What do these new burdens all mean? In the last quarter-century American has proved that it can use military force in the Middle East, in a conventional context, to obtain desirable results — the restoration of Kuwait, the removal of the Taliban, and the end of the genocidal regime of Saddam Hussein. 

But even those successful operations did not occur in a vacuum, but immediately raised the logical question “What next?” 

Increasingly what follows will be a liberal Western superpower, adopting rules of engagement that reflect its own idealism fighting against a primordial terrorists, in pursuit of democratic reform — sometimes under conservative Republican administrations vulnerable to charges of militarism, while being scrutinized by a global media eager for signs of either American hypocrisy or weakness, and a world jittery over world petroleum prices.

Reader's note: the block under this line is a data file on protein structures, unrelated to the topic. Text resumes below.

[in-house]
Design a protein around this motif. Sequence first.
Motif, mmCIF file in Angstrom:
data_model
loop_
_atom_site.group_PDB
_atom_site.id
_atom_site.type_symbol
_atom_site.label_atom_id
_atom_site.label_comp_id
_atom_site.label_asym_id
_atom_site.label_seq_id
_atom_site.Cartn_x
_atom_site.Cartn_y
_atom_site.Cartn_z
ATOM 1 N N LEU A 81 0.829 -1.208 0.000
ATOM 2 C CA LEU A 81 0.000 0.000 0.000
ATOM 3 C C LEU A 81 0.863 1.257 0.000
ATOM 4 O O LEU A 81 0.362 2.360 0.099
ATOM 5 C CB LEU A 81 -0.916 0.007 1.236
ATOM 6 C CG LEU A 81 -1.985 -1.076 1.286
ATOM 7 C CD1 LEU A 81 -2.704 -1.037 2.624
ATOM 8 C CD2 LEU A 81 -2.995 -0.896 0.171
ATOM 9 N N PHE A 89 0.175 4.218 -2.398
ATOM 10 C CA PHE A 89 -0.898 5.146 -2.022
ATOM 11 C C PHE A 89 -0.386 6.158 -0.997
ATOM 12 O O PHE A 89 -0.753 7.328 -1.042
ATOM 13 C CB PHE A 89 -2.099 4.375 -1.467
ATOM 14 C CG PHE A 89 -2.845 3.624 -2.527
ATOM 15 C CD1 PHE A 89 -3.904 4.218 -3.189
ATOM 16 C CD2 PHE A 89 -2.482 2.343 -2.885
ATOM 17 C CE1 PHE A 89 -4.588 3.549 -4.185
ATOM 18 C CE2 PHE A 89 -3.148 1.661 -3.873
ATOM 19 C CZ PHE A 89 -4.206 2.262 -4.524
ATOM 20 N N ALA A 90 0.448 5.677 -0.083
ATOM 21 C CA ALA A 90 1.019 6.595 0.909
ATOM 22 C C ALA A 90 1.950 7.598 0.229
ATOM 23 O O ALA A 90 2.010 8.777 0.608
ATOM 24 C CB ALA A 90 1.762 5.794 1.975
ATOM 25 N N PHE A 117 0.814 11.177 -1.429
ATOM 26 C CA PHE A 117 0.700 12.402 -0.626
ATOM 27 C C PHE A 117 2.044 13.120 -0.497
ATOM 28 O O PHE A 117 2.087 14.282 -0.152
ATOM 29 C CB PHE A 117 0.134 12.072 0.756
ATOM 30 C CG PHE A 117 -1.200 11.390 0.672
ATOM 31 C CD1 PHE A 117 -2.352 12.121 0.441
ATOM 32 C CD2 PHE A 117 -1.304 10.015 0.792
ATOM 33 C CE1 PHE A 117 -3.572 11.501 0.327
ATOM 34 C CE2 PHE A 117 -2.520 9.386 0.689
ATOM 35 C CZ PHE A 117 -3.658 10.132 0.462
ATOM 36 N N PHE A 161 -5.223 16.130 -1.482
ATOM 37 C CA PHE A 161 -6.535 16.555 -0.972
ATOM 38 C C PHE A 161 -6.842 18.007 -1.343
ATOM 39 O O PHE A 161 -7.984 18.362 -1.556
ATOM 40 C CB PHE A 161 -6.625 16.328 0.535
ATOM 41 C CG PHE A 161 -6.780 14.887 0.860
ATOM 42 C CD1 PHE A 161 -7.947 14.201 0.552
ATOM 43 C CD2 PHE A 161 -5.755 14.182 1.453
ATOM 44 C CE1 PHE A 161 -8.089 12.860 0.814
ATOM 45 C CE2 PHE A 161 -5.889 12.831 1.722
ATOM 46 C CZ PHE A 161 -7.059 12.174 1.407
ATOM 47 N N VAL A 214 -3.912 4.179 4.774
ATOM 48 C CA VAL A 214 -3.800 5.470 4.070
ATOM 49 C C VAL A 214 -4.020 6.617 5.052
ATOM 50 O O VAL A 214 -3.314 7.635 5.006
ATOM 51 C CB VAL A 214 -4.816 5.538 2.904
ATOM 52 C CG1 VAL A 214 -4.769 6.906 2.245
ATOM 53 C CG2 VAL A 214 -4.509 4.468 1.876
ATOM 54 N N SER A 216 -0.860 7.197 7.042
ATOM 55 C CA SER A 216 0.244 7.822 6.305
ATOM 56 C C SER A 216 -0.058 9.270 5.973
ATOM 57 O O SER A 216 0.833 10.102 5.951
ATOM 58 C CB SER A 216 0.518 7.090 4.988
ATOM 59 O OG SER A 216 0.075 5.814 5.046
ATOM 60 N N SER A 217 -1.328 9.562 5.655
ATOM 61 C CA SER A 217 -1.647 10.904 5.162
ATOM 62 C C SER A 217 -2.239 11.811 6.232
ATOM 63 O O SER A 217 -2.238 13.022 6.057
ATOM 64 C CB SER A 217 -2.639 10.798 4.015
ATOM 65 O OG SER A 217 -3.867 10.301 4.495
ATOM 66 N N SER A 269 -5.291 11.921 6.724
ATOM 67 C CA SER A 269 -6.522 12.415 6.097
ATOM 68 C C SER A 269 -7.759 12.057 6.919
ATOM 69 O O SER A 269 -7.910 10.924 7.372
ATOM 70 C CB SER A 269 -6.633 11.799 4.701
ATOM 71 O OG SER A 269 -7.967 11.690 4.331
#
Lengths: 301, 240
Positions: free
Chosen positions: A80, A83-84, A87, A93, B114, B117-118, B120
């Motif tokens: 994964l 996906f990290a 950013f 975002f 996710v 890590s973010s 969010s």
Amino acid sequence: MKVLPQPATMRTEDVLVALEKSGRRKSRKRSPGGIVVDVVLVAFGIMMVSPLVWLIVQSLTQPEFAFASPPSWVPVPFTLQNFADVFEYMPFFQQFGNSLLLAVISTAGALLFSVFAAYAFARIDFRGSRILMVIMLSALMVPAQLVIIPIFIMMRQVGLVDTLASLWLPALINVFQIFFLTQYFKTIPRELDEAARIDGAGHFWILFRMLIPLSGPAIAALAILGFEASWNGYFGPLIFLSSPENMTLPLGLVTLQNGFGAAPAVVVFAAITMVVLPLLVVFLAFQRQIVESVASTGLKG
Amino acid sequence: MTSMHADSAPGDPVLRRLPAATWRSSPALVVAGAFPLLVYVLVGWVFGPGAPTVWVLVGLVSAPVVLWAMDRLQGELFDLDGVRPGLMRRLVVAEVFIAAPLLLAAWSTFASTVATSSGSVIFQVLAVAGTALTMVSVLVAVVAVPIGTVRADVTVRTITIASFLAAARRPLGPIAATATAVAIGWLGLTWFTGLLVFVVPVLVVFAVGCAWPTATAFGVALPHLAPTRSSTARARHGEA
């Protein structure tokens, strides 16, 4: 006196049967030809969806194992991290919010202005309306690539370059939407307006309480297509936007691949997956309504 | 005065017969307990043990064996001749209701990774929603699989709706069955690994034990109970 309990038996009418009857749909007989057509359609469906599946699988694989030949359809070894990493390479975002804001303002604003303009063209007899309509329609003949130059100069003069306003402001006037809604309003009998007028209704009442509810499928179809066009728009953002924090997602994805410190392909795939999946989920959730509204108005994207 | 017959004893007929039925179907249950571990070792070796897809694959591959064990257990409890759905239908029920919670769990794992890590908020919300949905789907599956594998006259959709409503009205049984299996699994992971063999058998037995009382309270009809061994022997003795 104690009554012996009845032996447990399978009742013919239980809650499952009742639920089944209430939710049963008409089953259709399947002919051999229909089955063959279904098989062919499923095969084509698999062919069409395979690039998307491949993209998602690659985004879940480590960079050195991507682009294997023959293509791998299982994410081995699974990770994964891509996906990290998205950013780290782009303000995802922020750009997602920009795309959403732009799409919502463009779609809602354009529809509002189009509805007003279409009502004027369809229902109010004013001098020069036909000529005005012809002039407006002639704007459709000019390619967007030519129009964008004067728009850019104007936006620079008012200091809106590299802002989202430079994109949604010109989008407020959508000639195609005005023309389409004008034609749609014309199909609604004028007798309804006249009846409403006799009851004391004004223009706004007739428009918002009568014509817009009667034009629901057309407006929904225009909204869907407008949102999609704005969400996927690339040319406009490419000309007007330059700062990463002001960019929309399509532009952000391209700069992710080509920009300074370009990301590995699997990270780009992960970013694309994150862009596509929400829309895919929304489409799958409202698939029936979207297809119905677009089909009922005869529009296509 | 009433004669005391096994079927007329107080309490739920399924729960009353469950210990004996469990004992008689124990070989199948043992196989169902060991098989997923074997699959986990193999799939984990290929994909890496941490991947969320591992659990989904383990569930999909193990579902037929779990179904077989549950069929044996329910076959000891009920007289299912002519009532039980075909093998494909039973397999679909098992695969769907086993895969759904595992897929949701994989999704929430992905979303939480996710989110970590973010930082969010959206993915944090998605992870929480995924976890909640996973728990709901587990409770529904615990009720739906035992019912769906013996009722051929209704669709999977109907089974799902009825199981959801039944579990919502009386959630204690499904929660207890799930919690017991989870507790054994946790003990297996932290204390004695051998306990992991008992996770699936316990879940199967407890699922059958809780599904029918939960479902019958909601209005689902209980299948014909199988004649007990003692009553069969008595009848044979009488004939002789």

Should Gen. Petraeus and Amb. Crocker stabilize Iraq, it will demonstrate that the United States, under the most impossible of conditions, can still defeat Islamic terrorism while fostering constitutional reform that improves the security of the region and the world at large — and due so irrespective of a hostile world media and partisan politicking at home.

But if they cannot? 

The ultimate irony: The seventh-century terrorists win — and those who habitually demonized American military operations will themselves lose as well.

©2007 Victor Davis Hanson